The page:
June Is Bustin’ Out All Over

The month of June has just begun. Out in my garden on this first day of June, raspberries are fruiting in rude profusion. Lavender that I thought had been killed off by an unusually harsh winter has not only sent out new leaves but its first fragrant flowers. Roses on a neighbor’s bush are spilling over my back fence, triumphing over her futile efforts to prune it back last fall. Early lettuce and radishes have already found their way from the garden to my table. The first day of June is a feast for the senses, delighting the eye, the nose and the tongue.

All of which puts me in mind of Oscar Hammerstein’s lyric from the 1945 musical Carousel:

JuneJune is bustin’ out all over,
All over the meadow and the hill!
Buds’re bustin’ outa bushes,
And the rompin’ river pushes
Ev’ry little wheel that wheels beside a mill.

June is bustin’ out all over.
The feelin’ is gettin’ so intense,
That the young Virginia creepers
Hev been huggin’ the bejeepers
Outa all the mornin’-glories on the fence.

Because it’s June!
June, June, June–
Jest because it’s June– June–June!

(Read the complete lyric here and listen to the soundtrack of the 1994 Broadway revival, sung by Shirley Verrett with a much younger Audra McDonald in the role of Carrie Pipperidge.)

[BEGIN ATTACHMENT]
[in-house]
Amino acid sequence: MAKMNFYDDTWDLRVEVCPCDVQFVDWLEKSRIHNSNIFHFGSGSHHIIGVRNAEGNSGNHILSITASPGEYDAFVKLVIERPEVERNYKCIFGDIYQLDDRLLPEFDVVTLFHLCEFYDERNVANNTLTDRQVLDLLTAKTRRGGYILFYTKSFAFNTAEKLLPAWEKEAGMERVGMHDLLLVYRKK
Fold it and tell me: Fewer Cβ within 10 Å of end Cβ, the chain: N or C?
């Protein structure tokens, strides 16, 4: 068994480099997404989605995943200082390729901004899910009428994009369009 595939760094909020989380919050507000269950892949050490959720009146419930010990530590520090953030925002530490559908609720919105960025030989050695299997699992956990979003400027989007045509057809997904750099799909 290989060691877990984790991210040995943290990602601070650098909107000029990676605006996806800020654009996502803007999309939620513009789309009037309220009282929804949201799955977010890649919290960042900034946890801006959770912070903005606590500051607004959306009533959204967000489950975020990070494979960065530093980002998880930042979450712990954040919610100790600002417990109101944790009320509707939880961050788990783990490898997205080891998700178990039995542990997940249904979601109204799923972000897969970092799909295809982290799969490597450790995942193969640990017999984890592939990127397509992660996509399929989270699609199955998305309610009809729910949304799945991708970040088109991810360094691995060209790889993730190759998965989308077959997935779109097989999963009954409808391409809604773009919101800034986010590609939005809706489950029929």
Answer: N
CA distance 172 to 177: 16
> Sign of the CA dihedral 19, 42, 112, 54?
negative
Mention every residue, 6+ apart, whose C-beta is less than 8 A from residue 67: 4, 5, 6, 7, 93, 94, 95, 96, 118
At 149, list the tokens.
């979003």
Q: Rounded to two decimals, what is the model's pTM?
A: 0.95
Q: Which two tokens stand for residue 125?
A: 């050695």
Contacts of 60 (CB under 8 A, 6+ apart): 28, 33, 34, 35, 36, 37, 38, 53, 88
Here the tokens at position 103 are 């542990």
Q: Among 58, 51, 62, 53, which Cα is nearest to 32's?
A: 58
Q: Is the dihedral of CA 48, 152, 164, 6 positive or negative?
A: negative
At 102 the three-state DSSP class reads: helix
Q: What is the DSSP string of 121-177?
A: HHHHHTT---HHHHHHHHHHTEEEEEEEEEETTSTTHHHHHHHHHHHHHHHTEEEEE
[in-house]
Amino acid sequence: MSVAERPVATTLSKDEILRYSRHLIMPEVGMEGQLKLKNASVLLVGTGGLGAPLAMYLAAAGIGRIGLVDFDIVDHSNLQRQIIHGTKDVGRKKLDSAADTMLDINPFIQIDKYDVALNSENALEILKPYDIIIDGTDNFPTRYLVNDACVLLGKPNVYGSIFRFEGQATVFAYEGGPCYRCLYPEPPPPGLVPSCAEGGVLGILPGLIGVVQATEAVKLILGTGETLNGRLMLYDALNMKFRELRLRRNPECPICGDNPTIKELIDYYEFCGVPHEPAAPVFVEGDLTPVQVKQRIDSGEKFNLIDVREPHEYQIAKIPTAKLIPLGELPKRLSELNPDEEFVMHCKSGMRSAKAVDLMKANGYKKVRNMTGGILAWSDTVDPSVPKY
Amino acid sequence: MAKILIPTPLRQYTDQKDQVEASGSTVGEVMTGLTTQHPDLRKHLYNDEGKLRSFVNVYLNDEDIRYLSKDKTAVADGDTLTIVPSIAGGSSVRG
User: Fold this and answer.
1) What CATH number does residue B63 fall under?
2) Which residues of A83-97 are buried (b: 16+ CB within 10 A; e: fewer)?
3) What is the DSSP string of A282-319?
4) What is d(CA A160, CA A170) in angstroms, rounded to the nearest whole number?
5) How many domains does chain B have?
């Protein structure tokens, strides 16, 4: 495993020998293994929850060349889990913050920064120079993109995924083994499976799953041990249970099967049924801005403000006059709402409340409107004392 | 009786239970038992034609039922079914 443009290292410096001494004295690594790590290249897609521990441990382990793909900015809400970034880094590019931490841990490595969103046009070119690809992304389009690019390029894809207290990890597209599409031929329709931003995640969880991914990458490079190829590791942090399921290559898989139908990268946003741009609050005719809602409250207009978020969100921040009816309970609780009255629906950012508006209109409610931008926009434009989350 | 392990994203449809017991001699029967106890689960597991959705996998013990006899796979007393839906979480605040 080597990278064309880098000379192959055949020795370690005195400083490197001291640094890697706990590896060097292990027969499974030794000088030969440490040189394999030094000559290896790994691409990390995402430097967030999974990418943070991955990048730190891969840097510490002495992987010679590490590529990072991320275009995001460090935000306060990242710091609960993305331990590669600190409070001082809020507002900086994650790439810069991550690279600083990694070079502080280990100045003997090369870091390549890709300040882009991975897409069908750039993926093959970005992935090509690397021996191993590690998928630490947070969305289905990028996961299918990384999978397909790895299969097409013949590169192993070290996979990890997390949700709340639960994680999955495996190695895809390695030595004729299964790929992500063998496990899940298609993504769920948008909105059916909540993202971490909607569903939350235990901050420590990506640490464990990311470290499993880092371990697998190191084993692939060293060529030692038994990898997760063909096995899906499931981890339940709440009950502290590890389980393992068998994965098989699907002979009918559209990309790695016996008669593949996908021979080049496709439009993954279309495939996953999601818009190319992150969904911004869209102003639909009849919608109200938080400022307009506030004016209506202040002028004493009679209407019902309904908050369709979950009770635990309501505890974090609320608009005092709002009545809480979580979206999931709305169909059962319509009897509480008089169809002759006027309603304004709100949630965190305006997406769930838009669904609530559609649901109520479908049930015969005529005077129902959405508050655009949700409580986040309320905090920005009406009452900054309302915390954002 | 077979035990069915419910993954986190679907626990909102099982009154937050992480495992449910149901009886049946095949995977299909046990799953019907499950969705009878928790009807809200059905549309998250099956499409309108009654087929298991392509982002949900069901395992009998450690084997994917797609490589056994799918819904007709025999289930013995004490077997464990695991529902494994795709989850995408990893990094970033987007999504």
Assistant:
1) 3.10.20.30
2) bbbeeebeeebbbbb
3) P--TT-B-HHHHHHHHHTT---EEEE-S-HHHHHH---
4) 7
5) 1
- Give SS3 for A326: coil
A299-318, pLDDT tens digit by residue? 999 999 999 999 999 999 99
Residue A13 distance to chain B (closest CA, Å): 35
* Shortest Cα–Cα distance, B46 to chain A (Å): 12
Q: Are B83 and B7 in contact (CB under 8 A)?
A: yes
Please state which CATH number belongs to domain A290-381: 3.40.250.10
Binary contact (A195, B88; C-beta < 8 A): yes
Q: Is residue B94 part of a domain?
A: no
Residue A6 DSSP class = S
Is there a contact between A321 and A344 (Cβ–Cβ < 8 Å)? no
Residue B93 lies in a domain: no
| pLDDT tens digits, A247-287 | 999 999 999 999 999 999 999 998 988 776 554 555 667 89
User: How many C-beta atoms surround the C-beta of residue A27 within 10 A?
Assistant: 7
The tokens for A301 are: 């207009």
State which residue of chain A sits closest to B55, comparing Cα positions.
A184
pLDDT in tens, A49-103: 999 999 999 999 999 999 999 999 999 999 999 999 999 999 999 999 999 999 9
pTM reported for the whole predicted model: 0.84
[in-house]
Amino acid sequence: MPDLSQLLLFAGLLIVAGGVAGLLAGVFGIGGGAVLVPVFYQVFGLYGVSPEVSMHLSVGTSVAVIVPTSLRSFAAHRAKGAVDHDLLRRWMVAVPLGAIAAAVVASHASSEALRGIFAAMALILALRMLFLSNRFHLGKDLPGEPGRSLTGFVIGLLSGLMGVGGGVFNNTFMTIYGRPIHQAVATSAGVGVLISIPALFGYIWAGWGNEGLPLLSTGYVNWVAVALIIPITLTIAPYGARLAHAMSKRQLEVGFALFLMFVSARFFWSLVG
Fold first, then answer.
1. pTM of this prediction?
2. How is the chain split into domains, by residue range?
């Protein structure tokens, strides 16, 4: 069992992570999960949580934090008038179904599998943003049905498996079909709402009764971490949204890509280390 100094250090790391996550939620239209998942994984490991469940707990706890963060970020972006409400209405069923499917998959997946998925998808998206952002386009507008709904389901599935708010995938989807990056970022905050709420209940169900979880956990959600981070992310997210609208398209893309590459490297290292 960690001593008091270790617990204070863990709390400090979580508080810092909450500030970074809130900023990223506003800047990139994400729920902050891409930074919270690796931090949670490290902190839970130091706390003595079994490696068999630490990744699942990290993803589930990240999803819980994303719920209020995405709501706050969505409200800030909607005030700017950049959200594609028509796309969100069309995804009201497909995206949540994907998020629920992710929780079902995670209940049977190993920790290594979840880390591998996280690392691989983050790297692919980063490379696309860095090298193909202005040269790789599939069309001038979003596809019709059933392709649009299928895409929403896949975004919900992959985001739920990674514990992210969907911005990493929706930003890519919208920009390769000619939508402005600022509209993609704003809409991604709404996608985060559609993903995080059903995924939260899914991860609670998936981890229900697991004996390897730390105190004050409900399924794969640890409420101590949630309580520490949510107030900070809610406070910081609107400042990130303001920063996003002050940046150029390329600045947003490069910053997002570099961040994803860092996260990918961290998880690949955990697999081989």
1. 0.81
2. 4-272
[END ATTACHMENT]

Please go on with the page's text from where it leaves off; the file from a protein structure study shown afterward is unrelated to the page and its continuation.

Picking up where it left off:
I suppose you can tell I’m really feeling this June thing. But chances are you’re not. If you’ve thought about this song at all, I’m guessing you probably think it’s an old-fashioned lyric sung in by an old lady with an old-fashioned voice. The language that I find so original and full of character (“huggin’ the bejeepers outa all the mornin’-glories on the fence”) might just as easily be seen by you as quaint; likewise, the colloquial regional dialect (the dropped g’s, the phonetic spellings like “hev” and “outa”) that is a trademark of so many Hammerstein lyrics. The music is definitely old-school, a vigorous polka tempo, and even if you go for this kind of thing, you could find yourself succumbing to the temptation to deliver the song with generalized gusto but without much attention to the particular images and details that make it fresh.

To sing Hammerstein’s lyric (indeed, to sing any lyric), you must awaken yourself to the truth it conveys, and that means awakening your senses. In the song, Nettie Fowler is describing the sights and sensations of an early June day in Maine, and the joy that stirs in the heart to know with certainty that the rough winter is past and the next few months will bring a bounty of seasonal pleasures. Hammerstein was a man of the land, making his home on a farm in Doylestown (not far from me) where he took refuge from the slings and arrows of his show business career in Manhattan, and the delight he takes from nature is evident in this and many other lyrics he wrote.

It’s a challenge worthy of a fresh June morning: how can the SAVI singing actor breathe life into this classic musical theater song? What words of wisdom can the coach or director offer to guide the singing actor to a successful performance?

Stanislavski’s “six fundamental questions” are an excellent place to start:

  • Who am I